Article | Open | Published:

A multi-omic map of the lipid-producing yeast Rhodosporidium toruloides

Nature Communications volume 3, Article number: 1112 (2012) | Download Citation

  • A Corrigendum to this article was published on 29 July 2013


Triacylglycerols are among the most attractive alternative raw materials for biofuel development. Current oil plant-based technologies are limited in terms of triacylglycerol production capacity and rate. These limitations may be circumvented by biotransformation of carbohydrates into lipids; however, our understanding of microbial oleaginicity remains limited. Here we present the results of a multi-omic analysis of Rhodosporidium toruloides, a robust triacylglycerol-producing fungus. The assembly of genome and transcriptome sequencing data reveals a genome of 20.2 Mb containing 8,171 protein-coding genes, the majority of which have multiple introns. Genes including a novel fatty acid synthase are predicted to participate in metabolic pathways absent in non-oleaginous yeasts. Transcriptomic and proteomic data suggest that lipid accumulation under nitrogen-limited conditions correlates with the induction of lipogenesis, nitrogenous compound recycling, macromolecule metabolism and autophagy. The multi-omic map of R. toruloides therefore provides a valuable resource for efforts to rationally engineer lipid-production pathways.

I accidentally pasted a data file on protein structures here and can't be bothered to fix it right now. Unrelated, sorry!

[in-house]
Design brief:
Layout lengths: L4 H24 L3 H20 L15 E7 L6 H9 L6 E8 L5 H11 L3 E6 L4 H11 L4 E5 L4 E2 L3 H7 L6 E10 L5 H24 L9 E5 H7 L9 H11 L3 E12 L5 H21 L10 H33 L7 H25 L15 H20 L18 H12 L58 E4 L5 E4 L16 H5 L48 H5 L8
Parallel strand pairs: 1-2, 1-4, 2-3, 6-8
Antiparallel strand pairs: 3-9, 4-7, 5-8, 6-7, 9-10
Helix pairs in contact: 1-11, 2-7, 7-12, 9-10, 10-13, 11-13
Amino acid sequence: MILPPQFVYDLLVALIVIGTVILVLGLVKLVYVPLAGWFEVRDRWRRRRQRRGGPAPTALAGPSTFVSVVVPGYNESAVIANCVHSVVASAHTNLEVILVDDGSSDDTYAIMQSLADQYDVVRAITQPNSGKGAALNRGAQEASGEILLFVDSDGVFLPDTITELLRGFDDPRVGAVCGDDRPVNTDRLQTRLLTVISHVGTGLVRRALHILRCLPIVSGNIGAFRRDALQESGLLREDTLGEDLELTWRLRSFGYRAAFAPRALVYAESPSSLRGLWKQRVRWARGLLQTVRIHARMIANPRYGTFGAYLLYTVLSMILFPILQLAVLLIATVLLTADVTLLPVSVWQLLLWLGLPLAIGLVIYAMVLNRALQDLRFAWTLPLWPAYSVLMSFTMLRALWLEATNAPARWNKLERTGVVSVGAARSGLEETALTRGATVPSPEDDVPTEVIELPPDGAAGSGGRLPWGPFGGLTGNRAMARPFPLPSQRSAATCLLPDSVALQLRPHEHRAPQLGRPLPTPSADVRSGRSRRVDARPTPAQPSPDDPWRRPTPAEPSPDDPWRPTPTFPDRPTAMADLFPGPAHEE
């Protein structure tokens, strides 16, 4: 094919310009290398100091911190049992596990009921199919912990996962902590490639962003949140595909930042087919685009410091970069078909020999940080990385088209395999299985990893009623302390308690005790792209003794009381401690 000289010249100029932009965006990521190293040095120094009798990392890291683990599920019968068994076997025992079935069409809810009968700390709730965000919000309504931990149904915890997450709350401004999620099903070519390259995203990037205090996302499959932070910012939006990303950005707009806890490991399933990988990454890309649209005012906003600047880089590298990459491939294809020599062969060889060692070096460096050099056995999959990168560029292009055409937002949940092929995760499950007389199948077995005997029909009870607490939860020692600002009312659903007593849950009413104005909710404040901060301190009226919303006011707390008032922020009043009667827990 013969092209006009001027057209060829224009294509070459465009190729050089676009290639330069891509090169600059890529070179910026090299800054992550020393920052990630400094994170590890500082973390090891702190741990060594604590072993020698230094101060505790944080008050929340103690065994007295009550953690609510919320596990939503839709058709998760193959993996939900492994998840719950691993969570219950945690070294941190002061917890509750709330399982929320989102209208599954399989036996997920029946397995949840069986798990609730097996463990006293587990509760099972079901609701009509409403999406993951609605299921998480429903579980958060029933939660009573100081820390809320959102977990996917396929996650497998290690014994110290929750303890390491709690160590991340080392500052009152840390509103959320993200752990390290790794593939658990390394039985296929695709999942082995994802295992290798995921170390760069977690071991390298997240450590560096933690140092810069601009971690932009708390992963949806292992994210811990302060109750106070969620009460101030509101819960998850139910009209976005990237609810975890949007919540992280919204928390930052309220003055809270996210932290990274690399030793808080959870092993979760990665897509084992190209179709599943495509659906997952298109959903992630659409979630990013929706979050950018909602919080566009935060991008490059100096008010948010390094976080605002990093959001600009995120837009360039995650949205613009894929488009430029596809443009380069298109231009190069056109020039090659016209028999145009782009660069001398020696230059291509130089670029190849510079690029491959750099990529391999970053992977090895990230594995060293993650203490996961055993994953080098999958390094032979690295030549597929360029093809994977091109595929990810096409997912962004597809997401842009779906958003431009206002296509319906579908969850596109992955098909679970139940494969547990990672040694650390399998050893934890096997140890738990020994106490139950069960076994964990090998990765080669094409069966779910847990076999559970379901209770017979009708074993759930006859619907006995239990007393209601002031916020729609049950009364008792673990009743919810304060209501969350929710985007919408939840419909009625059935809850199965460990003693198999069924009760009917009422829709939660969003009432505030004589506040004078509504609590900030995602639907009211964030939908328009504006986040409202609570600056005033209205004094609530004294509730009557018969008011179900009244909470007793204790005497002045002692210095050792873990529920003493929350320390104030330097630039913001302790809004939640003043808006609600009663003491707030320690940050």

Triacylglycerols (TAGs) are neutral lipids that are naturally produced via fatty acid biosynthetic pathways. TAGs are used as foods, animal feeds and feedstocks for chemical syntheses1. Recently, derivatives of TAGs, such as long-chain fatty acid methyl esters2 and alkanes3, have been explored as drop-in biofuels. However, traditional technologies that are based on oil crops and plants are limited in terms of their production capacity and rate. The harnessing of microbial fatty acid biosynthetic machineries may circumvent those limitations4,5.